The stunning aurora borealis shines over Héðinsfjörður.
Doin Oakenhelm, Shutterstock
Black-legged kittiwakes flock to the Látrabjarg bird cliffs to nest.
A typically colourful church on Grímsey Island, part of which is located above the Arctic Circle.
Rudolf Tepfenhart, Shutterstock
Fire and ice come together at Landmannalaugar, the traditional starting point for the extremely popular Laugavegur Trail.
Nicram Sabod, Shutterstock
The semicircular falls of Goðafoss are not only impressive for their height (12m) but also for their width (over 30m) and massive volume of cascading water.
Filip Fuxa, Shutterstock
A gait unique to Icelandic horses, tölt occurs between a trot and a canter and is remarkably smooth because there is no moment of suspension.
The most touted tour in Iceland, the ‘Golden Circle’ includes Thingvellir, Gullfoss and the geysers of Geysir.
What would Iceland be like without puffins? These irresistibly cute, highly intelligent and endlessly expressive birds are the iconic avian species of the island.
Famously known as E-16 by foreign media due to its difficult pronunciation, Eyjafjallajökull erupted in 2010 and reminded the world that Iceland can stop air traffic.
Only 10km from the southern mainland, the Vestmannaeyjar (Westmann Islands) are the youngest landscapes in Iceland.
Sunset over Vatnajökull glacier, the largest glacier in Europe and the third largest in the world.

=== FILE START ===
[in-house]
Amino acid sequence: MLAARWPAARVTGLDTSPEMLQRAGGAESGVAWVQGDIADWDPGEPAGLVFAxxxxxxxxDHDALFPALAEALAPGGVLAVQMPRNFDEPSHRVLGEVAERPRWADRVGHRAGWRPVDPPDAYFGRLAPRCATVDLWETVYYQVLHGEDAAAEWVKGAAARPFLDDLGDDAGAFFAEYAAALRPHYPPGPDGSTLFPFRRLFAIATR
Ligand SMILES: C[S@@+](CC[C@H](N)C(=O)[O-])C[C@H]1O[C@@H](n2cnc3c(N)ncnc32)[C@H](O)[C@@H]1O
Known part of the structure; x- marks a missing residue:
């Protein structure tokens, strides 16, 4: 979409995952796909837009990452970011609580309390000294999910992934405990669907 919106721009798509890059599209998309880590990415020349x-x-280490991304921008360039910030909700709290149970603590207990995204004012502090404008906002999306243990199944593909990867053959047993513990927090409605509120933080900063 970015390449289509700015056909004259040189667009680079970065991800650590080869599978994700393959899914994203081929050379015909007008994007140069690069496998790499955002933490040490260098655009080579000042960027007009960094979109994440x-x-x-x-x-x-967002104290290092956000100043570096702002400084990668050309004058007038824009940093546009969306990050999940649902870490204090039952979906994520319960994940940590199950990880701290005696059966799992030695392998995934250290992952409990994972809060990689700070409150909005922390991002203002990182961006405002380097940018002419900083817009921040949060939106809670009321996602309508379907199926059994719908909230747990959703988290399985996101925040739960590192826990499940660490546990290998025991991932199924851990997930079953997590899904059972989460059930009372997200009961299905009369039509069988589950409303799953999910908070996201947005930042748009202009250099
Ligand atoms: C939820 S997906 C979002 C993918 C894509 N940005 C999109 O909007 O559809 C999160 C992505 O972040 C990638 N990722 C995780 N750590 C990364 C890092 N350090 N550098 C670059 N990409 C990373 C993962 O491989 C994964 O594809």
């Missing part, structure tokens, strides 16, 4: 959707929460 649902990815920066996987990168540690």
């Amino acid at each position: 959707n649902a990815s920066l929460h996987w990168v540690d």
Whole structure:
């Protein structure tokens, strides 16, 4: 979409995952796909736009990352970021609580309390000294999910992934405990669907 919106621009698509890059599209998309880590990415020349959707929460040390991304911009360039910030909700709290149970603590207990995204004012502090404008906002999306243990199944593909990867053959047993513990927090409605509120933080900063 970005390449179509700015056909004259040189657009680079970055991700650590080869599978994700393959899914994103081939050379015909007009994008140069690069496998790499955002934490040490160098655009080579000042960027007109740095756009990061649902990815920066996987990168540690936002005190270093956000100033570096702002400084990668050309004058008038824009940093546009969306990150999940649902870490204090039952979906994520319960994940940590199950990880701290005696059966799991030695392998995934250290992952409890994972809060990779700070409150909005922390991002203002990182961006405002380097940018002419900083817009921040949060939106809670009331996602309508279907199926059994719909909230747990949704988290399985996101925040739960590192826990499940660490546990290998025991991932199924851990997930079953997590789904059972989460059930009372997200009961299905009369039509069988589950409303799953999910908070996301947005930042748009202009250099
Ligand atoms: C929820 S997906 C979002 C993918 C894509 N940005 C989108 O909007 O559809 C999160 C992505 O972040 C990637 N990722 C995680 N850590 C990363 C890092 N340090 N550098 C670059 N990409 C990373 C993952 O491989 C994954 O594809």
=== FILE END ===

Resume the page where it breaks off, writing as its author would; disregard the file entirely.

Akureyrarkirkja has an original stained-glass window from Coventry Cathedral – the window made its way from a hay loft in the West Midlands to an antique shop in wartime London, then to Akureyri via Reykjavik.
The orca, or killer whale, is a prominent species in Iceland – the East Fjords are traditionally the best place to catch a glimpse of them.
Fields of purple lupin such as this one at Hjörleifshöfdi near Vik are beautiful but controversial – the flower is considered to be an invasive weed from Alaska despite the fact that it was introduced to stop erosion.
The eastern fjords are said to be the oldest in the country, evident in the jagged peaks that time has sharpened (younger fjords have flat-topped mountains).
Max Topchii, Shutterstock
What sets Reykjavík apart from the rest of Iceland is the presence of people, cars and trees – all rare species elsewhere in the country.
Námaskarð in Mývatn is a volcanic wonderland, with black lava fields and active mud pots giving way to young mountains and striking crater circles.
Nina B, Shutterstock
With its brightly painted antique houses and shimmering harbour surrounded by rocky ledges and outcrops, the town of Stykkishólmur on the Snæfellsnes peninsula is how you always imagined Scandinavia to be.
Traditions from its Viking past are still very much a part of modern-day Iceland – immerse yourself in this fascinating period at the living history museum at Eiríksstaðir.
The Northern Lights (norðurljós) put on a stunning bright green display above Hvalfjörður in the west of Iceland.
Iceland's largest bird is the white-tailed eagle, also known as the sea eagle or haförn – with fewer than 200 birds in the country, they are highly endangered.
A kaleidoscope of blue, white and black shimmer in the twilight at Jökulsárlón glacier lagoon alongside Vatnajökull glacier.
David Sam, VisitSouthIceland, www.south.is
A daunting place of intense beauty and extreme nature, Hornstrandir is the final peninsula that juts over the top of the West Fjords.
Bildagentur Zoonar GmbH, Shutterstock
The dramatic coastal cliffs and rock arch of Gatklettur are located near Arnastapi on the Snæfellsnes peninsula.
Santi Rodriguez, Shutterstock
Renowned for its breathtaking natural landscapes, the hidden valley of Thórsmörk, or ‘Thór’s woods’, is the confluence of hundreds of glacial streams into an immense braided swathe of interlocking rivers.
Martin M303, Shutterstock